Digital experiences can have significant negative impact on children, exposing them to risks or failing to nurture them adequately. Nevertheless, digital experiences also potentially yield enormous benefits for children, enabling them to learn, to create, to develop friendships, and to build worlds. While global efforts to deepen our understanding of the prevalence and impact of digital risks of harm are burgeoning – a development that is both welcome and necessary – less attention has been paid to understanding and optimizing the benefits that digital technology can provide in supporting children’s rights and their well-being. Benefits here refer not only to the absence of harm, but also to creating additional positive value. How should we recognize the opportunities and benefits of digital technology for children’s well-being? What is the relationship between the design of digital experiences – in particular, play-centred design – and the well-being of children? What guidance and measures can we use to strengthen the design of digital environments to promote positive outcomes for children? And how can we make sure that children’s insights and needs form the foundation of our work in this space? These questions matter for all those who design and promote digital experiences, to keep children safe and happy, and enable positive development and learning. These questions are particularly relevant as the world shifts its attention to emerging digital technologies and experiences, from artificial intelligence (AI) to the metaverse, and seeks to understand their impact on people and society. To begin to tackle these questions, UNICEF and the LEGO Group initiated the Responsible Innovation in Technology for Children (RITEC) project in partnership with the Young and Resilient Research Centre at Western Sydney University; the CREATE Lab at New York University; the Graduate Center, City University of New York; the University of Sheffield; the Australian Research Council Centre of Excellence for the Digital Child; and the Joan Ganz Cooney Center. The research is funded by the LEGO Foundation. The partnership is an international, multi-stakeholder and cross-sectoral collaboration between organizations that believe the design and development of digital technology should support the rights and well-being of children as a primary objective – and that children should have a prominent voice in making this a reality. This project’s primary objective is to develop, with children from around the world, a framework that maps how the design of children’s digital experiences affects their well-being, and to provide guidance as to how informed design choices can promote positive well-being outcomes.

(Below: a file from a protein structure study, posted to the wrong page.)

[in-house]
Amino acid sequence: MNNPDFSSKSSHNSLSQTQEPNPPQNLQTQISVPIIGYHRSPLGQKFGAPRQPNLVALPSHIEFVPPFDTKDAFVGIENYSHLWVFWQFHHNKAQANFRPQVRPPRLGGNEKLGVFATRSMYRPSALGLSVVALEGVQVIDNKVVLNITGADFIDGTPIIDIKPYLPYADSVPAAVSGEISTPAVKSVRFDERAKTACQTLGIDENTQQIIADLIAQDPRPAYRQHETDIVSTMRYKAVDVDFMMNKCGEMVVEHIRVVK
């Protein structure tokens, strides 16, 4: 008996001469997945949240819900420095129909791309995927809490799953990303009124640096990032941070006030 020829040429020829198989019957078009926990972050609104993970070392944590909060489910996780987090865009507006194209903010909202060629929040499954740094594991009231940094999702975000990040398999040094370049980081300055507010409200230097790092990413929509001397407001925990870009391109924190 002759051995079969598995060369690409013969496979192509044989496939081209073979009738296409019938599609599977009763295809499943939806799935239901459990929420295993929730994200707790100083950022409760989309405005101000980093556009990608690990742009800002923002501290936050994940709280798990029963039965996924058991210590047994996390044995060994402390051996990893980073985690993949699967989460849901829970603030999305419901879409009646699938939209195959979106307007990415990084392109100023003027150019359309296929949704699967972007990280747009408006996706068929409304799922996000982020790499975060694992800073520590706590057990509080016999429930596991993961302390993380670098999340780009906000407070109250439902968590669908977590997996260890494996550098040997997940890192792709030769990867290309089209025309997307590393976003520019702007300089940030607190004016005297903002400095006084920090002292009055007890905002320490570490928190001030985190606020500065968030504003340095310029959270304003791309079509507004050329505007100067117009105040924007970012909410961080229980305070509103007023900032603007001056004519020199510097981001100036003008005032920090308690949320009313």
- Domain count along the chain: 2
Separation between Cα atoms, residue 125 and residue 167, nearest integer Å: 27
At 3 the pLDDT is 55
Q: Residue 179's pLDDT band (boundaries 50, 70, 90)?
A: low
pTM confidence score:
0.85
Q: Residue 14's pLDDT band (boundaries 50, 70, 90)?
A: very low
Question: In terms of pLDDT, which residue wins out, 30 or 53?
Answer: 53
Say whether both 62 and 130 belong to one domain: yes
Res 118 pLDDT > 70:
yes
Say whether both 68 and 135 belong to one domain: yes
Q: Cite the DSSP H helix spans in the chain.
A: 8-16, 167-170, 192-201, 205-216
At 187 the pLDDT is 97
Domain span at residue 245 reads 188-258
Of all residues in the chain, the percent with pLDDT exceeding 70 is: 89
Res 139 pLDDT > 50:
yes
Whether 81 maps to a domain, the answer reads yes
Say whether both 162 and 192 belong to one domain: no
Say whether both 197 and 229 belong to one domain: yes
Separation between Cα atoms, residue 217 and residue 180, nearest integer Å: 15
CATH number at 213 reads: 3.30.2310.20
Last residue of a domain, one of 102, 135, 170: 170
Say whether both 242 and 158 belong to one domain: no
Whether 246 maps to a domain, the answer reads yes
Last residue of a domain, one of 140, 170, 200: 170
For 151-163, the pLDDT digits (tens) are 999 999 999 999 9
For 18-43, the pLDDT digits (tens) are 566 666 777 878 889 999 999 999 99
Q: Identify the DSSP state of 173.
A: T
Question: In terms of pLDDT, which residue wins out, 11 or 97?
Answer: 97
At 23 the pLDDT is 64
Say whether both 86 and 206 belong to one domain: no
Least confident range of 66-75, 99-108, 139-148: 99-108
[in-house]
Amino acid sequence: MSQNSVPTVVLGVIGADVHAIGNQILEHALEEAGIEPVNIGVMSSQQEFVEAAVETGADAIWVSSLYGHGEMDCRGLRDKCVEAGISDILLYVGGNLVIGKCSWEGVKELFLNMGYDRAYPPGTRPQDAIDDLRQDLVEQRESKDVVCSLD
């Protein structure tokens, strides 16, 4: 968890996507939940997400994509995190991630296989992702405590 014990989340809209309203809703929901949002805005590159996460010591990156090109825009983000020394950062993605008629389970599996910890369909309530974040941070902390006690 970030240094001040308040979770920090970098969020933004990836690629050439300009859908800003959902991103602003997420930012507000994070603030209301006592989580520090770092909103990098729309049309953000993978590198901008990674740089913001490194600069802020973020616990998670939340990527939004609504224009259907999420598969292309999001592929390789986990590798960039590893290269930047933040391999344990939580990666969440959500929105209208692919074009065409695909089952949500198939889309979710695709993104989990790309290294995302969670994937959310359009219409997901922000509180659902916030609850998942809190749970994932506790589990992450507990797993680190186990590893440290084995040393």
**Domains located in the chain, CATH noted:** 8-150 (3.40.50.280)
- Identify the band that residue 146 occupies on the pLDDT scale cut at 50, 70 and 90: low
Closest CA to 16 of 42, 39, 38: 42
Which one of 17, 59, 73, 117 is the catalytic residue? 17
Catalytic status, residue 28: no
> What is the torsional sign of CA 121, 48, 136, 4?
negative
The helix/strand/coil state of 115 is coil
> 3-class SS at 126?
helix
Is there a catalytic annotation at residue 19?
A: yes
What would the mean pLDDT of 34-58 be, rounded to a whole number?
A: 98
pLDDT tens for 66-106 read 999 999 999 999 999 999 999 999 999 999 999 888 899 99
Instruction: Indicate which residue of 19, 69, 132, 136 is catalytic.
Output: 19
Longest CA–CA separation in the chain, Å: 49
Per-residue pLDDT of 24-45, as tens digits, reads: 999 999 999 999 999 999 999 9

Resources to Support Marginalized Caregivers of Children with Disabilities: Guidelines for Implementation
Publication

Resources to Support Marginalized Caregivers of Children with Disabilities: Guidelines for Implementation

Support from caregivers is critical for children’s learning both at home and at school. However, the COVID-19 pandemic and disruption of education systems globally created additional expectations for parents to support their children’s learning at home. This particularly affected the most marginalized children as the crises exacerbated already existing inequalities in education. This document introduces the approach and purpose of a set of resources to support the marginalized caregivers of children with disabilities with inclusive education. It presents lessons learned from proof-of-concept pilots in Armenia and Uzbekistan, followed by step-by-step guidelines on how to adopt and adapt the resources for education ministries and others who want to implement them in their education system.
Reopening with Resilience: Lessons from Remote Learning during COVID-19: Europe and Central Asia
Publication

Reopening with Resilience: Lessons from Remote Learning during COVID-19: Europe and Central Asia

When schools started closing their doors due to COVID-19, countries in Europe and Central Asia quickly provided alternative learning solutions for children to continue learning. More than 90 per cent of countries offered digital solutions to ensure that education activities could continue. However, lack of access to digital devices and a reliable internet connection excluded a significant amount of already marginalized children and threatened to widen the existing learning disparities. This report builds on existing evidence highlighting key lessons learned during the pandemic to promote learning for all during school closure and provides actionable policy recommendations on how to bridge the digital divide and build resilient education systems in Europe and Central Asia.